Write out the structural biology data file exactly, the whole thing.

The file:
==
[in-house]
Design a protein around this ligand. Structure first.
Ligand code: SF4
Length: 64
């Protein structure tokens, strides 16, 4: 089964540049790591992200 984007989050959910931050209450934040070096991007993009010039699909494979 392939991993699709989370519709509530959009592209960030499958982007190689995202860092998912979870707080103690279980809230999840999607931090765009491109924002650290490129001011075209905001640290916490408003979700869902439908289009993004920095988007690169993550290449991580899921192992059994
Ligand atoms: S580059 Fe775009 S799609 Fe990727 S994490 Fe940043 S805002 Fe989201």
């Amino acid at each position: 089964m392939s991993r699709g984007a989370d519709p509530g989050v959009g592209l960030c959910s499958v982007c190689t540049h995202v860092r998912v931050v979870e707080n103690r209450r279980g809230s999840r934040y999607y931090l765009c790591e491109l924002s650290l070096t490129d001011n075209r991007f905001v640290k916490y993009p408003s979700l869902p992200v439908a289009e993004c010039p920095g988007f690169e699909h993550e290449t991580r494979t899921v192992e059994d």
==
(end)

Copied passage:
[in-house]
Design a protein around this ligand. Structure first.
Ligand code: SF4
Length: 64
């Protein structure tokens, strides 16, 4: 089964540049790591992200 984007989050959910931050209450934040070096991007993009010039699909494979 392939991993699709989370519709509530959009592209960030499958982007190689995202860092998912979870707080103690279980809230999840999607931090765009491109924002650290490129001011075209905001640290916490408003979700869902439908289009993004920095988007690169993550290449991580899921192992059994
Ligand atoms: S580059 Fe775009 S799609 Fe990727 S994490 Fe940043 S805002 Fe989201």
């Amino acid at each position: 089964m392939s991993r699709g984007a989370d519709p509530g989050v959009g592209l960030c959910s499958v982007c190689t540049h995202v860092r998912v931050v979870e707080n103690r209450r279980g809230s999840r934040y999607y931090l765009c790591e491109l924002s650290l070096t490129d001011n075209r991007f905001v640290k916490y993009p408003s979700l869902p992200v439908a289009e993004c010039p920095g988007f690169e699909h993550e290449t991580r494979t899921v192992e059994d």